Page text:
“If you listen to what they say, you’re going to be okay,” said Rogers.To learn more about PCH’s expert cardiac rehab services, talk to your primary care provider or visit our Cardiopulmonary Services page.

Virtual, In-Person Options Open to All

According to the Alzheimer’s Association, 6.6 million Americans are living with Alzheimer’s disease. By 2050, this number is projected to rise to nearly 13 million.

Each person with the disease inevitably needs some type of help. Whether you provide daily caregiving, participate in decision making, or simply care about a person with Alzheimer’s disease – caring for someone with dementia demands a lot.

Get to know other people who truly understand.

Pender Caregiver Support Group
Pender Community Hospital has partnered with the Nebraska chapter of the Alzheimer’s Association to create the Pender Caregiver Support Group for local friends, families and caregivers of people suffering from Alzheimer’s disease.

“PCH saw the need for support and education for our families who are helping their loved ones through their journey with dementia, memory loss and Alzheimer’s,” said PCH therapist Krista Roeber, PLMHP/PLMSW.

Alzheimer’s disease is the most common cause of dementia, according to the Mayo Clinic; the disease is a progressive neurologic disorder that causes the brain to atrophy, which results in the decline in thinking, behavioral and social skills that affect a person’s ability to function independently.

At this time, there is not a cure for Alzheimer’s disease, which is believed to have contributed to the deaths of more than 120,000 people in 2019, according to the association. Formed in 1980, the Alzheimer’s Association is considered the leading voluntary health organization in Alzheimer’s care, support and research.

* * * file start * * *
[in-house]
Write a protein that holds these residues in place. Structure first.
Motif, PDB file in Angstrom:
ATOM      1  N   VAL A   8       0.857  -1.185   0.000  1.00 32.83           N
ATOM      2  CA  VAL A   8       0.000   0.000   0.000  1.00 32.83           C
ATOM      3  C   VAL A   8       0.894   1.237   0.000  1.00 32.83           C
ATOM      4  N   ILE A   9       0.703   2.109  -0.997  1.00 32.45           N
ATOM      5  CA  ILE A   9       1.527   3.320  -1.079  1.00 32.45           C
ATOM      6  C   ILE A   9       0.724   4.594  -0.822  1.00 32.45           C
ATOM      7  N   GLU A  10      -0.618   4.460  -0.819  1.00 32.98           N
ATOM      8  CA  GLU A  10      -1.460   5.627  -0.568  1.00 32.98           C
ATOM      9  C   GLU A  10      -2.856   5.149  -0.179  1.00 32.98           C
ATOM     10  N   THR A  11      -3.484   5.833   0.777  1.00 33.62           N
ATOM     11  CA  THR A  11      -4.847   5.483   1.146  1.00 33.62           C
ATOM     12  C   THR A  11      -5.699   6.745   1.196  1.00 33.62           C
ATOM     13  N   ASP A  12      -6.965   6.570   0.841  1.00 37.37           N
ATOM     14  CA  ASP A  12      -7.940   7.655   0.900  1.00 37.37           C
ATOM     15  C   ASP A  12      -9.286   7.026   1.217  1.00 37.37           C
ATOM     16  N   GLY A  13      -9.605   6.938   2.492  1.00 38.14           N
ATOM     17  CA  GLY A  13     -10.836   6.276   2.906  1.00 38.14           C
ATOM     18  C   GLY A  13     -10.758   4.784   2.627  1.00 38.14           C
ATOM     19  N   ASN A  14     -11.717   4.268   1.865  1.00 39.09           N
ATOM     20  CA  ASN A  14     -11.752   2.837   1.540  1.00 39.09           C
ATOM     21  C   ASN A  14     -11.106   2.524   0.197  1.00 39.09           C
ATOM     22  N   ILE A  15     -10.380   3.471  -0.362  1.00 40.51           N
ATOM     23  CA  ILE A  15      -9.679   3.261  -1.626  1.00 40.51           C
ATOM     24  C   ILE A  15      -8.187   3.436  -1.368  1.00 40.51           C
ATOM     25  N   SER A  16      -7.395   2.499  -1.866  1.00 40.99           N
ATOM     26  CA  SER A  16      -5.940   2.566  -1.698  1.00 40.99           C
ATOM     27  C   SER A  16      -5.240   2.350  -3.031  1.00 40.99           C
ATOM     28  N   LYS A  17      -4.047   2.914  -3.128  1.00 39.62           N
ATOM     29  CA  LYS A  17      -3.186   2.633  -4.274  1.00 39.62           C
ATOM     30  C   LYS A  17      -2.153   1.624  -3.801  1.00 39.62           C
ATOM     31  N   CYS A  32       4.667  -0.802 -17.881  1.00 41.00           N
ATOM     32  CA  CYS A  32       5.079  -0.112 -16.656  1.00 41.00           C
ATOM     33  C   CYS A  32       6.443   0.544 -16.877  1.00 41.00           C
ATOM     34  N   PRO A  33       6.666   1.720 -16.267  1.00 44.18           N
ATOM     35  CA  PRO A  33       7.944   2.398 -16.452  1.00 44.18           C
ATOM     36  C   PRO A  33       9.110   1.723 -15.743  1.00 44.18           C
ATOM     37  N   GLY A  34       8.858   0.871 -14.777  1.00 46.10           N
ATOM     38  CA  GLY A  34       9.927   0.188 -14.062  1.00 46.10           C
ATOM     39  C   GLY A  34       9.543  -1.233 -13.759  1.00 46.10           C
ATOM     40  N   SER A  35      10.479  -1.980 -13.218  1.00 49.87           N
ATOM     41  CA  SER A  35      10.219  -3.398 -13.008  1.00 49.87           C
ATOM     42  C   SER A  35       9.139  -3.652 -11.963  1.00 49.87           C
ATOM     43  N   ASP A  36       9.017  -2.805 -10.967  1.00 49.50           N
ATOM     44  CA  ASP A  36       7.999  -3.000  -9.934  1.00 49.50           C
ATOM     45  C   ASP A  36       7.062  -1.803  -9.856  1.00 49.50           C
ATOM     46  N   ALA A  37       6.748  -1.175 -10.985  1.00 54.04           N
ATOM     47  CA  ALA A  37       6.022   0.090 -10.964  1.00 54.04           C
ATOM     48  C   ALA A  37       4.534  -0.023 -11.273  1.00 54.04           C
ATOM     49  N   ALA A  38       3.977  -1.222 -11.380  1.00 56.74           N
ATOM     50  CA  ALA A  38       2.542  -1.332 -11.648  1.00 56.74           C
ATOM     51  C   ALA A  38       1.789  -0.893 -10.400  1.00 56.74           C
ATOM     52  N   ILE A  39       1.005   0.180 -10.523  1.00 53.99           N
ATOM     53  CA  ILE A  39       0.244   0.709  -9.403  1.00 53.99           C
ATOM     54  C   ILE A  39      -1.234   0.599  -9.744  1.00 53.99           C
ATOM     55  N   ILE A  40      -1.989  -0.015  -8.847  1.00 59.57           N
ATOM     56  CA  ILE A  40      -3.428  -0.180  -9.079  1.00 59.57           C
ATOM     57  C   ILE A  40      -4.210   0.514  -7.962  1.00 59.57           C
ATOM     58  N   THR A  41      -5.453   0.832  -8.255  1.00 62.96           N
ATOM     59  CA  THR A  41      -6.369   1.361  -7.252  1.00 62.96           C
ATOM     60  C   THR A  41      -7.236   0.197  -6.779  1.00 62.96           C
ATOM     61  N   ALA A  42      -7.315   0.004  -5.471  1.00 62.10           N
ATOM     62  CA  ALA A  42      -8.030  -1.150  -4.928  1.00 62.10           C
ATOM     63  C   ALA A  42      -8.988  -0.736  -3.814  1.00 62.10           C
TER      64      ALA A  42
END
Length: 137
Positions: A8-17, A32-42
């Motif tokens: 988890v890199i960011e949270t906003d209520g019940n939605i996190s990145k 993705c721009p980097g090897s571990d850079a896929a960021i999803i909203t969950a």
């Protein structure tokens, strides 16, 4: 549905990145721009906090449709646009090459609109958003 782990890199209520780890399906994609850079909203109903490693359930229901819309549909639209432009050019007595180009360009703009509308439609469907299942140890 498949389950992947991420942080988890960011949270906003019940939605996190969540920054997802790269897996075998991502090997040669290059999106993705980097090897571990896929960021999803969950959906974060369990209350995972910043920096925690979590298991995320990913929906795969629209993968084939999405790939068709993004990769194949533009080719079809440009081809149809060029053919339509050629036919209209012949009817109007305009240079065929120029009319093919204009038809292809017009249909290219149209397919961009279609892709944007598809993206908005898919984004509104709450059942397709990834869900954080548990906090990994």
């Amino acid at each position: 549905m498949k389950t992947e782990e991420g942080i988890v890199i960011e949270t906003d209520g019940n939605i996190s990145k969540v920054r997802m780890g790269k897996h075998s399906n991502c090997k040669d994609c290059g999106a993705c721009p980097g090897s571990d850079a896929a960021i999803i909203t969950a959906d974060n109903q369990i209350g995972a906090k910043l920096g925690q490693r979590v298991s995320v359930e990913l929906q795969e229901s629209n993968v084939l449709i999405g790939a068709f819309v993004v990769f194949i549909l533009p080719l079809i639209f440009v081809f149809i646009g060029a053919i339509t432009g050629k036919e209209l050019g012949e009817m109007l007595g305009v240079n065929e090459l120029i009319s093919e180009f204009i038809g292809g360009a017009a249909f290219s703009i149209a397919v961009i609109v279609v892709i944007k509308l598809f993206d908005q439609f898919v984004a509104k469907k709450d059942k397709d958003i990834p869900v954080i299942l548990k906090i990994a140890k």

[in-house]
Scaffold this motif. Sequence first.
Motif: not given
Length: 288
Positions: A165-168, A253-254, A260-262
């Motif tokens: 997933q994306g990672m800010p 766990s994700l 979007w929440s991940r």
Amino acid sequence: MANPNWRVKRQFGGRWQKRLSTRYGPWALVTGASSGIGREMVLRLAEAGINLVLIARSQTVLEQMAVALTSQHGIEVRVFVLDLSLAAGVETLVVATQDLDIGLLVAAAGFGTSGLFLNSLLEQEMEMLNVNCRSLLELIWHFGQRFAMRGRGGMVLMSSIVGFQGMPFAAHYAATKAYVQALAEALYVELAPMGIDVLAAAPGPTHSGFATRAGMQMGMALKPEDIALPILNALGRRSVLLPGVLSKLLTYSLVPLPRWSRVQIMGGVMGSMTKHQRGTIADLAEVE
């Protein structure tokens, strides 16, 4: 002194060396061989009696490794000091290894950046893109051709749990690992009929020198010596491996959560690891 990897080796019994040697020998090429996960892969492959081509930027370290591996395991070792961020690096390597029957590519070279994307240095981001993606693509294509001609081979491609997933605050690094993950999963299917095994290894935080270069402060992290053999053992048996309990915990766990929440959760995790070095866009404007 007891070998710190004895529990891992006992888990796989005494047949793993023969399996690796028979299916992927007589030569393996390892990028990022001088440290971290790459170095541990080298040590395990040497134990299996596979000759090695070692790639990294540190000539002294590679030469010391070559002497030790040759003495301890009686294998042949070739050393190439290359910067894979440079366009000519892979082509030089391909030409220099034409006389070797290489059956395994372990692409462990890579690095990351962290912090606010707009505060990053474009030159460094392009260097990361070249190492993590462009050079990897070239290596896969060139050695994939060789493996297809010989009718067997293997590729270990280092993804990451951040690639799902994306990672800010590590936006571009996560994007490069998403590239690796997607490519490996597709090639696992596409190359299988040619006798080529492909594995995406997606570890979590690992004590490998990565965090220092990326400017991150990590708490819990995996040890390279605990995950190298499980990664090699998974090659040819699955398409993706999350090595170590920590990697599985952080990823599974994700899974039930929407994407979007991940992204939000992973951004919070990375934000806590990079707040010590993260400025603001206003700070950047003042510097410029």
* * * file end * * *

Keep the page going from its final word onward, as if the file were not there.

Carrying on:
PCH’s support group, which is facilitated by trained staff, is designed to provide dementia caregivers, including friends or family, with a support system that allows for:

  • the exchange of practical information and possible solutions
  • learning about available resources
  • a discussion of issues, concerns, and coping methods
  • sharing feelings and needs from the caregiver’s perspective

“We hope that those who attend the group meetings are able to leave with some education and support through the disease process,” said Roeber. “For anyone who is thinking about joining us, please feel comfortable and know that we are all learning together.”

Support Group Dates and Times
Virtual Meetings
Second Wednesday of each month
4:30-5:30 p.m.

In-person Meetings
Second Friday of each month at Pender Community Hospital
9:00-10:30 a.m.

To register, contact Krista Roeber at (402) 385-1897 or krista.roeber@pchne.org.

If you need assistance in finding respite for your loved one while attending the support group, please reach out to Krista Roeber at (402) 385-1897 or krista.roeber@pchne.org.

Additional Resources

Visit alz.org/nebraska to learn more about caregiver programs and resources.

To further extend your network of support, visit the Alzheimer’s Association’s online community ALZConnected at alzconnected.org. It’s a free online community for everyone affected by Alzheimer’s or another dementia.

Get back to what moves you

Dr. Justin Deans adds to our orthopedic team, specializing in anterior hip replacement procedures

Hip replacements are the most common and long-lasting joint replacement, often with life-changing results that help people move better, feel better and get back to doing the things they enjoy.

At Pender Community Hospital, our skilled orthopedic teams provide customized treatments and solutions to help people relieve pain and regain mobility. To add to our full range of orthopedic services, PCH is pleased to welcome Dr. Justin Deans who specializes in anterior hip replacement procedures—an innovative alternative to traditional, or posterior, hip replacement.

Why a hip replacement?

As people age and accumulate more mileage on their hips, it’s common for arthritis to develop and become more painful—and even debilitating. Pain while walking, severe limping and avoiding activities they once enjoyed are common reasons why people choose to have a hip replacement procedure. When joints are replaced with a synthetic counterpart, functionality returns without the pain, and people can reclaim their mobility and quality of life.

Dr. Justin Deans

Welcome Dr. Justin Deans